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Earth Pressures

Earth Pressures

Earth Pressures


Earth pressures can be grouped into 3 categories, depending upon the movement of the retaining wall with respect to the soil retained. The soil retained IS also known as the backfill.


At-rest Pressure

The lateral earth pressure is called at-rest pressure when the soil mass is not subjected to any lateral yielding or movement. This case occurs when the retaining wall is firmly fixed at its top and is not allowed to rotate or move laterally. The figure (a) shows the basement retaining walls .which are restrained against the movement by the basement slab provided at their tops. Another example of at-rest pressure is that of a bridge abutment wall which is restrained at its top by the bridge slab. The at-rest condition is also known as the elastic equilibrium, as no part of soil mass has failed and attained the plastic equilibrium.


Active Pressure

A state of active pressure occurs when the soil mass yields in such a way that it tends to stretch horizontally. It is a state of plastic equilibrium because the entire soil mass is on the verge of failure.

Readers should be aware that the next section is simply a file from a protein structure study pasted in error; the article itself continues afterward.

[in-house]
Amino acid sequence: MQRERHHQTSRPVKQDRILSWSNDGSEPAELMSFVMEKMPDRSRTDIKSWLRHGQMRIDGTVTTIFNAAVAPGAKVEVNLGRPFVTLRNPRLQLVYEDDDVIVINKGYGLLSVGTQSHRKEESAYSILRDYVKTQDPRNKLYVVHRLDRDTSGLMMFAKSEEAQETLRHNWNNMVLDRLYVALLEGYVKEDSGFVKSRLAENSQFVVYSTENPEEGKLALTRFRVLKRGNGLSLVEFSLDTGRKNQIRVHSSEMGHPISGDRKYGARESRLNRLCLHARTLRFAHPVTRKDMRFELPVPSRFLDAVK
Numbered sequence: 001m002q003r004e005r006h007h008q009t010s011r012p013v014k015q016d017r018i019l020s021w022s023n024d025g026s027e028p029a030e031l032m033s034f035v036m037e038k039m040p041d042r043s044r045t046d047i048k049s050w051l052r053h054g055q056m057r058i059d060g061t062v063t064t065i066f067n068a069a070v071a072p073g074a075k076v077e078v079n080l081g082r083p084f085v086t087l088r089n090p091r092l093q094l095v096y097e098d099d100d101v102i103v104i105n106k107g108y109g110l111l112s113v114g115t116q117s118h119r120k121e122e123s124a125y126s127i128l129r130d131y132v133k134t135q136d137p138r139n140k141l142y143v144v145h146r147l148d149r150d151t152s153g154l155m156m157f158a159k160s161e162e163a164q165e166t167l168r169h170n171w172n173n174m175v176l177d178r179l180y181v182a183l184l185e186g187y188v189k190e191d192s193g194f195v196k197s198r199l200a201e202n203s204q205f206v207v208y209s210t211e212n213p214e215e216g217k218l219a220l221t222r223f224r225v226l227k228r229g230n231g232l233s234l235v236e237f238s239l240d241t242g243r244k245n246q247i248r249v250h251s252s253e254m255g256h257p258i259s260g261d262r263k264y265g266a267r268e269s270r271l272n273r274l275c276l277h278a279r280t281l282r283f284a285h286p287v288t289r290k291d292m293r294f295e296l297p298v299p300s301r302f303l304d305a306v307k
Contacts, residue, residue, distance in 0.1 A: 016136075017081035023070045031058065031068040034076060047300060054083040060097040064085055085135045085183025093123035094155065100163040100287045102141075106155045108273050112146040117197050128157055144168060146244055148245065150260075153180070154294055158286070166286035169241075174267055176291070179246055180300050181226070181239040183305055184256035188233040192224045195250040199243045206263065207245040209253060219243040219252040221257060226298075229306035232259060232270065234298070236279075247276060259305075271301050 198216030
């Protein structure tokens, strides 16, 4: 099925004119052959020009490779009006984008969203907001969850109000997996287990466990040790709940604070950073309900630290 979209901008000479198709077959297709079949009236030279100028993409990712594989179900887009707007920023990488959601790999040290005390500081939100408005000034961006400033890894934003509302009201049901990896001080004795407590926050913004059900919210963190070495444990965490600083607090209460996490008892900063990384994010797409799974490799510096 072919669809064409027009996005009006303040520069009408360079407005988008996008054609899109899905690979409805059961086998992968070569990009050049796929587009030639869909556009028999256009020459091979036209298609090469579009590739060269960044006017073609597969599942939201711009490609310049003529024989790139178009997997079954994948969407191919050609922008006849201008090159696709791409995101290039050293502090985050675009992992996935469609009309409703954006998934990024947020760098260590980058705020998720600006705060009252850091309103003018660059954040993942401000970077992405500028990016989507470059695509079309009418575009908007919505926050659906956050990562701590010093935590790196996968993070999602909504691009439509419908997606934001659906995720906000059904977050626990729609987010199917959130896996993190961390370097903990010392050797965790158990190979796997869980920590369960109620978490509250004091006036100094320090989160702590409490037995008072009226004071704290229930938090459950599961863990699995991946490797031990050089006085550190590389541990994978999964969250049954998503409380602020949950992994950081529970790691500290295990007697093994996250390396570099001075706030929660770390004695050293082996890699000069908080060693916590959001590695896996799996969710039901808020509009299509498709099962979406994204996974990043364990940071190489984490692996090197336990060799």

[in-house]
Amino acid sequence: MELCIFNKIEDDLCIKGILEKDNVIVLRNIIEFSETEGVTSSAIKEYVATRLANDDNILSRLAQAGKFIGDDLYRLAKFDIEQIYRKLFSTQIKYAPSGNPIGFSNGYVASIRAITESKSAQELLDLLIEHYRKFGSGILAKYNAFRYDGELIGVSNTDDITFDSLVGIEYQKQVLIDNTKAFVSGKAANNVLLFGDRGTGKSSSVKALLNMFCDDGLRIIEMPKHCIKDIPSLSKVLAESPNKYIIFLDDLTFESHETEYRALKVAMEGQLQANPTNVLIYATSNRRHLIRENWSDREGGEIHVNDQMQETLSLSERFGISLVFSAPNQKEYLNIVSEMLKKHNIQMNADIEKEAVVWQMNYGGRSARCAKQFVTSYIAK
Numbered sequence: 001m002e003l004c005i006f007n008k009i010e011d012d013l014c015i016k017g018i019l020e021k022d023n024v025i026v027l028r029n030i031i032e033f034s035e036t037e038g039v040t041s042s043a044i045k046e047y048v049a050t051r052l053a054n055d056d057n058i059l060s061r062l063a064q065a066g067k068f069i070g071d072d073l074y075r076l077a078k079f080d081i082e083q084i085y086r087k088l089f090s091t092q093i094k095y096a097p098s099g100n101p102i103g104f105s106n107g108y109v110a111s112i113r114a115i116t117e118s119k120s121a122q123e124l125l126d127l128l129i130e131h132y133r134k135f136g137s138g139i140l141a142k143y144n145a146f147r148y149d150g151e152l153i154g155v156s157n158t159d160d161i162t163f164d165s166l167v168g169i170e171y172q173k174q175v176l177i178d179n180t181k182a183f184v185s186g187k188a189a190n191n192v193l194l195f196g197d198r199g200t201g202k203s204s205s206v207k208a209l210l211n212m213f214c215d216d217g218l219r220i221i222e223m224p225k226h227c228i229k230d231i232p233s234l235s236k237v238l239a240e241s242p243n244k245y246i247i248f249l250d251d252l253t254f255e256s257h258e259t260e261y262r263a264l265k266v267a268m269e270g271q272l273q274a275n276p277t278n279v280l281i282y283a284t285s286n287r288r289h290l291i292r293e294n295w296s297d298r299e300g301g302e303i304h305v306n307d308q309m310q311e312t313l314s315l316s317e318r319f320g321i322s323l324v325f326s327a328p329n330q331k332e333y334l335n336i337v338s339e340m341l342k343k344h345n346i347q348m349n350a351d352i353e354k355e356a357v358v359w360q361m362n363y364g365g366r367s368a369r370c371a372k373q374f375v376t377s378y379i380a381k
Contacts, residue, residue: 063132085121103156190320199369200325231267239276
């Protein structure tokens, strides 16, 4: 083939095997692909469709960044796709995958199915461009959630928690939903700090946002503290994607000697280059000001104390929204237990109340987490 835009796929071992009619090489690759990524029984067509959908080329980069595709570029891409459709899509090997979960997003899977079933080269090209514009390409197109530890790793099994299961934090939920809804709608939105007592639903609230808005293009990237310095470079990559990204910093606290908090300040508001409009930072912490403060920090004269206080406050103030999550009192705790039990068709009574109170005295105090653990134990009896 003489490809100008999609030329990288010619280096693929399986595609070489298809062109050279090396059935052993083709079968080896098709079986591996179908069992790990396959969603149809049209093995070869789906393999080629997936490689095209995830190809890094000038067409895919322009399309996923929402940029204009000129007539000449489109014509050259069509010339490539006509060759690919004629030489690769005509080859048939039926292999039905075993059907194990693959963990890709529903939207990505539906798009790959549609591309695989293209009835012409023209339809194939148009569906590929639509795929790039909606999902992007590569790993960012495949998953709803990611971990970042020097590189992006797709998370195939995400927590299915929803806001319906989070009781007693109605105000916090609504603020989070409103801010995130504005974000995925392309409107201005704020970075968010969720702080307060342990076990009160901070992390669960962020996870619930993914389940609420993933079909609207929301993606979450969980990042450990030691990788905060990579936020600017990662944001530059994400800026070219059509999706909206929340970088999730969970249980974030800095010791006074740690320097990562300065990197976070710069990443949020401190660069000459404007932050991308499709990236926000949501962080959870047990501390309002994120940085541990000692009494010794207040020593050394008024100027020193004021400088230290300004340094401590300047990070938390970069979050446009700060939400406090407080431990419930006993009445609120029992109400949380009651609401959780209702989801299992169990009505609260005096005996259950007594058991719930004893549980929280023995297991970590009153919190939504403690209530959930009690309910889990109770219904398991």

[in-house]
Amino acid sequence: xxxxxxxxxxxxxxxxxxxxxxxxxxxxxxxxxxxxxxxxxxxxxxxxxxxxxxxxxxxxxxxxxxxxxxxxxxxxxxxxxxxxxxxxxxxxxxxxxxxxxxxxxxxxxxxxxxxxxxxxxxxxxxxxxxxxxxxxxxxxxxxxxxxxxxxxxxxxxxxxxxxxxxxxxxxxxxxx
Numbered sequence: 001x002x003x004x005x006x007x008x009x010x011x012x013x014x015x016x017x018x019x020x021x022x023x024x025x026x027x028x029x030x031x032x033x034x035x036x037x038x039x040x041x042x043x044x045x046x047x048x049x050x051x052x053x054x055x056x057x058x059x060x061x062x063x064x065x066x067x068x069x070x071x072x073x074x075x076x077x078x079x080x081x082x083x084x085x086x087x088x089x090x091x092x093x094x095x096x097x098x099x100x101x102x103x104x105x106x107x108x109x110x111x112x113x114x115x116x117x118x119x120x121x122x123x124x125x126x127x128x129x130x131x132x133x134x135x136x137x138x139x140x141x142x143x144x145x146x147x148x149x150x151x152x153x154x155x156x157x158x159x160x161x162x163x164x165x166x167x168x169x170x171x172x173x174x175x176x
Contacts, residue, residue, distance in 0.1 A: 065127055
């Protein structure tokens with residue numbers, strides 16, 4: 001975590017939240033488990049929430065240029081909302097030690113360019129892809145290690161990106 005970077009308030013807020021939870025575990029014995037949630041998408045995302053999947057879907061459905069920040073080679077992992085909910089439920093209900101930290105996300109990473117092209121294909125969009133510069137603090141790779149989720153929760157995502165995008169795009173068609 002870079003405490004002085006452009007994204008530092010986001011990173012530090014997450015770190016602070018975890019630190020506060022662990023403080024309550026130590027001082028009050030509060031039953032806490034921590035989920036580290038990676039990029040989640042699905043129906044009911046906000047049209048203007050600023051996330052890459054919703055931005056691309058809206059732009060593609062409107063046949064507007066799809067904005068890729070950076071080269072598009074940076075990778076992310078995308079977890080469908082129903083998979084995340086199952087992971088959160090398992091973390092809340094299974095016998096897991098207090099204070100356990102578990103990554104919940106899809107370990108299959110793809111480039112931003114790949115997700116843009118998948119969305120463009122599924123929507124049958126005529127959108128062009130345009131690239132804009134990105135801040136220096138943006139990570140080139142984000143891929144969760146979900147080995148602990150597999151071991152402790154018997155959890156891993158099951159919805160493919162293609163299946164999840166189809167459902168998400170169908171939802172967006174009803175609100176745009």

A retaining wall when moves away from the backfill, there is a stretching of the soil mass and the active state of earth pressure exists. Figure (b) shows the active pressure develops on the right-hand side when the wall moves towards the left.


Passive Pressure

A state of passive pressure exists once the movement of the wall is specified the soil tends to compress horizontally. It is another extreme of the limiting equilibrium condition. In figure (b), the passive pressure develops on the left side of the wall below the ground level, as the soil in this zone is compressed when the movement of the wali is towards the left. Another example of passive earth pressure is the pressure acting on another block.

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